There has been a serious discussion about whether or not ancient grains are a healthier option for those having gluten issues. Some scientists suggest that the increased appearance of gluten intolerance is in part caused by the consumption of genetic hybridization and manipulation of ancient wheat species, and also that the gluten sensitivity is brought about by agricultural science. There are gluten-free alternatives to these types of grains.
These ancient grains are definitely an oasis of good health and are a fortune. Most of these grains originate from some continents such as South America and Africa. These grains provided food for thousands of years. Being rich in nutrients such as proteins, vitamins and minerals, these grains remain to be one of important food products today in our time.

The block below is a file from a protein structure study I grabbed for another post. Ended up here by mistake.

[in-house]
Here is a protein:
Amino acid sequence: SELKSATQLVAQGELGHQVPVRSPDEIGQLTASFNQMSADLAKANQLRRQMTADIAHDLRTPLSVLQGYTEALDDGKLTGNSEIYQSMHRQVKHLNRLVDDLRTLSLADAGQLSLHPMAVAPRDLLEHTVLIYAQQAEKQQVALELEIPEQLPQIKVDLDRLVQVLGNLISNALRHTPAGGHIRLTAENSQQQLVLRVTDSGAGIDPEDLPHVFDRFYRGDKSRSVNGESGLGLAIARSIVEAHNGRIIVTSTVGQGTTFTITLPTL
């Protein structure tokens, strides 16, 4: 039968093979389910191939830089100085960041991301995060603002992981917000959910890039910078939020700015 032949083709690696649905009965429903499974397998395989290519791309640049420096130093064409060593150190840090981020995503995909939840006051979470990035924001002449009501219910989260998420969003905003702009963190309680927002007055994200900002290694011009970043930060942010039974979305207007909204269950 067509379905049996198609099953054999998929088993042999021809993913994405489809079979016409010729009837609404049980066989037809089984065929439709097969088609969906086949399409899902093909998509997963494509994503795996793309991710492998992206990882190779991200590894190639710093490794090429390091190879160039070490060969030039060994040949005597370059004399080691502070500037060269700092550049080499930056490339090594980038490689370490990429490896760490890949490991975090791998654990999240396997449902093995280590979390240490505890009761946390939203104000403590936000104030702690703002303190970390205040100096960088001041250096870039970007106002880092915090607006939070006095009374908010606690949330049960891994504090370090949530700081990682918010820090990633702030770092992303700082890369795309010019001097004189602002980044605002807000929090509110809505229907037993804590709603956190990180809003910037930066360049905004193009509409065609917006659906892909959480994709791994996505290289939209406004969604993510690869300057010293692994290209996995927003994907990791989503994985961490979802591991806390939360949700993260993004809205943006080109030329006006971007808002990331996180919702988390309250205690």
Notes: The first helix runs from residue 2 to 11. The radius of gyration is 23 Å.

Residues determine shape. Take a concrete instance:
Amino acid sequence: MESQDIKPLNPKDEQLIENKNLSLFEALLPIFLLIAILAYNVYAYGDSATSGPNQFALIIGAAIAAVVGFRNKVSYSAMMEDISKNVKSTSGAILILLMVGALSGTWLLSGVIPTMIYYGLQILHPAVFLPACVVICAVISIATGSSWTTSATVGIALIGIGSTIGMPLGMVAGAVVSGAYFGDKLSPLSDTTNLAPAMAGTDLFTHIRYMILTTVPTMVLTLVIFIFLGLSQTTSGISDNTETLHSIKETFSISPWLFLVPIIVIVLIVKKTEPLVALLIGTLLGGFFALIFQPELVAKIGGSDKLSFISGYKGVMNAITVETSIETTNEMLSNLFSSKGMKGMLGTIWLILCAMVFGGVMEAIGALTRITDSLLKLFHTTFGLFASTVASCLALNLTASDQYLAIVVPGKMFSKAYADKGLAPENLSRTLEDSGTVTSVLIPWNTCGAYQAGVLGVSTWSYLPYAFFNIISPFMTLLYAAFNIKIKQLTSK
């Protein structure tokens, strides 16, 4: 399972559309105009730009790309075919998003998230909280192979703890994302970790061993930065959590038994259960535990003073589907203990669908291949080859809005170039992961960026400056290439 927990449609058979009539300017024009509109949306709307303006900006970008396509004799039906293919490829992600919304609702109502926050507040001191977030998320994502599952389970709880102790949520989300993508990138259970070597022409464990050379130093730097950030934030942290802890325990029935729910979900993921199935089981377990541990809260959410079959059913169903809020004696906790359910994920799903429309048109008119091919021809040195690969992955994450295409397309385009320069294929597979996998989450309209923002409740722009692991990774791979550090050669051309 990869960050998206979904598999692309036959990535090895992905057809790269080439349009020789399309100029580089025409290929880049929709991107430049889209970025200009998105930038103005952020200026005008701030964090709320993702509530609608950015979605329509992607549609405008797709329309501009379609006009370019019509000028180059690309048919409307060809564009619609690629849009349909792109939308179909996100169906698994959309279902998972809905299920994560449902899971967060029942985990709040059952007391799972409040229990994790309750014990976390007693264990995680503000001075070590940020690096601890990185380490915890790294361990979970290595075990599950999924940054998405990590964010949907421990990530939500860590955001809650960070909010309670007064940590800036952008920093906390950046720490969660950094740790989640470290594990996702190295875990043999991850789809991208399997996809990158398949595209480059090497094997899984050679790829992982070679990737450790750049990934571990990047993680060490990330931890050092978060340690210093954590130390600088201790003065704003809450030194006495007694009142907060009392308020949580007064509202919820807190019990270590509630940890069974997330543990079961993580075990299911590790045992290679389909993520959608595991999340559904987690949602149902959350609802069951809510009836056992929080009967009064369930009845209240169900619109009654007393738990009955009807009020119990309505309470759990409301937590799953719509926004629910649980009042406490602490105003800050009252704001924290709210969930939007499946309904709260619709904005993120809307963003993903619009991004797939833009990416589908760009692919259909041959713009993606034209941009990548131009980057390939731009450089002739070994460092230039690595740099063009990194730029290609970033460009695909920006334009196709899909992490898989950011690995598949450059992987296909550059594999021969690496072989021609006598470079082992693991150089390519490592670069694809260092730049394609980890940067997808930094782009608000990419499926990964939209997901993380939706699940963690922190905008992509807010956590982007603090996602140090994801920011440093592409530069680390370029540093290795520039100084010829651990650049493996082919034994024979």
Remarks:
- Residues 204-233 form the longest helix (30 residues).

Quinoa is the cornerstone of ancient harvest products. This is due to its mild flavor, light crunch and quite impressive protein content which is the perfect gluten-free substitute for pasta, couscous and rice. This ancient grain is native to Bolivia it has been grown for over 5000 years and is frequently also milled into gluten-free flour that is used in baking. It provides your body with all the nine essential amino acids needed for good health.
Native to Peru, this was a staple food by the Aztecs of Mexico. The first grain of this kind was cultivated between 6,000-8,000 years ago. Though not a true cereal grain, It’s a seed just as other many ancient grains. Amaranth is normally eaten by many in South America as popcorn, as it is made into popped amaranth. It is also used in cereals and porridge.
Chia was the staple food for the ancient Aztec warriors. They are well-known to collaborate well in gluten-free meals and one can be used to make pudding. However, be careful since it may cause some uncomfort in your stomach.
This ancient grain is believed to have been grown and cultivated for over 1,000 years ago in Egypt. It soon got to Ethiopia and even Sudan. The grain is widely cultivated worldwide now for human consumption. This grain falls on the fifth list of the consumed grain in the whole world. Due to the realization of the grain being gluten-free, it has cropped up in America and is also consumed there.